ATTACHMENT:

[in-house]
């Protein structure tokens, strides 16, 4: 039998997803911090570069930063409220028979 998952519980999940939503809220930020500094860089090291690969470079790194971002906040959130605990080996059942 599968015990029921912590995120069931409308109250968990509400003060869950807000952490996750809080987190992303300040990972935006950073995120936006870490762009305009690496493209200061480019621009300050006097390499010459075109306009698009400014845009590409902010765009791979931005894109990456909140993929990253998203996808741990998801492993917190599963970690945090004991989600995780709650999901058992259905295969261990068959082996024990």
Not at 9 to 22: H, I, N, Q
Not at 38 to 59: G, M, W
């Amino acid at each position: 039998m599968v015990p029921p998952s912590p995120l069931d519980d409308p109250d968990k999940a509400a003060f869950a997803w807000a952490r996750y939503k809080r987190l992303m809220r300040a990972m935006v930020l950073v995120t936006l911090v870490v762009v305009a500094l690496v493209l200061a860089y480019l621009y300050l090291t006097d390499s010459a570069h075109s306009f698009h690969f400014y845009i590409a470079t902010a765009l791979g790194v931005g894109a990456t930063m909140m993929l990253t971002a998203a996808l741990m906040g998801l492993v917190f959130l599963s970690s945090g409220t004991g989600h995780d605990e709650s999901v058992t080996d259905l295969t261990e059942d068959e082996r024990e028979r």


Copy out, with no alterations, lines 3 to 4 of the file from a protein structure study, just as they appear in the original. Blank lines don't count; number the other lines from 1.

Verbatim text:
Not at 9 to 22: H, I, N, Q
Not at 38 to 59: G, M, W